Slovak President, MPs and government officials get no salary increase in 2010

Slovak MPs, the president and members of the Slovak government will not have their salaries valorised in 2010 according to an amendment to the Income Tax Act that was signed by President Ivan Gašparovič last year, the TASR newswire wrote.

Slovak MPs, the president and members of the Slovak government will not have their salaries valorised in 2010 according to an amendment to the Income Tax Act that was signed by President Ivan Gašparovič last year, the TASR newswire wrote.

The measure was passed in parliament via an amending proposal submitted by Smer MP Jana Laššáková and supported by both opposition and coalition parliamentarians. The salary freeze should save the state €398,000. The move enjoyed consensus support by constitutional officials because of the constraints presented by the economic crisis, TASR wrote on January 3.

According to current legislation, a member of the Slovak Cabinet receives a monthly salary of 1.5 times an MP’s salary. A Slovak MP’s monthly salary is set at three times the national nominal average. In addition to the basic salary (and pay for committee work), MPs get perks such as expense allowances and a refund for other expenditures required by their post. In addition, they can use public transport and state-owned aircraft for free when travelling on business. TASR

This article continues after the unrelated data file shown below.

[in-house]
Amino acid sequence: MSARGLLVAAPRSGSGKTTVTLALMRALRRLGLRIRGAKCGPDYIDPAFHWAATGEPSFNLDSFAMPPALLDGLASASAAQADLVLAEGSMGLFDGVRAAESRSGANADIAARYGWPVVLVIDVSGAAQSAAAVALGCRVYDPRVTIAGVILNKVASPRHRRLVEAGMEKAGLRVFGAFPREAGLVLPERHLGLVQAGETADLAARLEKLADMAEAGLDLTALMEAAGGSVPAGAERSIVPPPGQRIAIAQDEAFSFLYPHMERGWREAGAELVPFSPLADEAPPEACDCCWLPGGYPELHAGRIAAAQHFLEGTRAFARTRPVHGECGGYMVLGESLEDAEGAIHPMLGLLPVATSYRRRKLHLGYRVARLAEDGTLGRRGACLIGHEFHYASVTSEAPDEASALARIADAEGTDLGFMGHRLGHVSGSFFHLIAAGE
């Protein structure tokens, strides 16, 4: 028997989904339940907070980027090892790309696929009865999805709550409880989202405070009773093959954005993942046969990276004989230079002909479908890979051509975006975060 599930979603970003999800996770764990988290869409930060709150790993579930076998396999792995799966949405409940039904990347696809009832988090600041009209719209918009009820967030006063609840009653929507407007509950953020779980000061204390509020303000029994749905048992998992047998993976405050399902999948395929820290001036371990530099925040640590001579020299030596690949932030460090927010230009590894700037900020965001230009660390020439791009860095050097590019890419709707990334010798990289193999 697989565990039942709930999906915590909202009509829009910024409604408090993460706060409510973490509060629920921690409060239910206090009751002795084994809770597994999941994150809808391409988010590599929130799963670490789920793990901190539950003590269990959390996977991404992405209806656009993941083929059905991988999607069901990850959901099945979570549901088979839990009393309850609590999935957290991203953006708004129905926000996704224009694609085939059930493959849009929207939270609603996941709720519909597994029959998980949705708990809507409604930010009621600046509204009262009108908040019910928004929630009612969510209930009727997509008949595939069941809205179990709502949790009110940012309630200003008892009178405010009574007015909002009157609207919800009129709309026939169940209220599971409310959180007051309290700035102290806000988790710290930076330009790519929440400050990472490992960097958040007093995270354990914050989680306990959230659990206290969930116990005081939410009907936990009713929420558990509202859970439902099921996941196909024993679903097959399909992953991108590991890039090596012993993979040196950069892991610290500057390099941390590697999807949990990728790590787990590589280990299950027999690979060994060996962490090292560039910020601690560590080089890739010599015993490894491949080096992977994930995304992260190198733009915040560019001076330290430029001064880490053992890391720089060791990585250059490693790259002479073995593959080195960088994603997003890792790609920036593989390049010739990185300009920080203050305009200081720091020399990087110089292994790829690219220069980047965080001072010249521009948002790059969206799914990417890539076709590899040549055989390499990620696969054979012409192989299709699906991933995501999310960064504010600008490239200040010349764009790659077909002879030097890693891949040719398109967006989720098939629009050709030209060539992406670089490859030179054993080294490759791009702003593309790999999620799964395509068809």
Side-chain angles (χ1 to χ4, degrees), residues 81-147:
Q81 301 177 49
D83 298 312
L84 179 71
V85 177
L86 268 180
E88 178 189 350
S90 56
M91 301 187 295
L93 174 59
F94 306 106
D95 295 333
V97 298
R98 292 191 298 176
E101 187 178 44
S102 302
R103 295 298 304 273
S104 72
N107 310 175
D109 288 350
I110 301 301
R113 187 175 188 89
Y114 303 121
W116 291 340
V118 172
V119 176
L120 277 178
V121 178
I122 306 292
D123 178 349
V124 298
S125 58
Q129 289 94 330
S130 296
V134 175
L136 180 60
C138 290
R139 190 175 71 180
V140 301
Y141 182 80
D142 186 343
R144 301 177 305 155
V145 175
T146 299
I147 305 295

Compiled by Zuzana Vilikovská from press reports
The Slovak Spectator cannot vouch for the accuracy of the information presented in its Flash News postings.

Get daily Slovak news directly to your inbox

Top stories

Cabinet agrees on COVID screening

More details will be presented tomorrow.

Košice

More tips for outings in Bratislava during the lockdown

Walks along the Danube bank offer a feeling of being far from the city rush.

This place, part of Ovsištské Lúky (Ovsište Meadows) in Petržalka, is still Bratislava.

Roundup: Fairytale app that makes children read

An award-winning design by a Slovak architect and a trip to Zádielska dolina valley. Here’s your latest roundup.

A man wearing a face covering sits in an armchair on the snow-covered Main Street in Košice on January 13, 2021.

Police investigate surveillance of journalist, IPI calls for utmost seriousness

Police launch criminal prosecution after Denník N reporter said she was followed and opposition MP Robert Fico wrote about her private life.

l-r: Head of Let's Stop Corruption Foundation Zuzana Petková, journalist Monika Tódová, journalist Adam Valček, and Xénia Makarová of the Let's Stop Corruption Foundation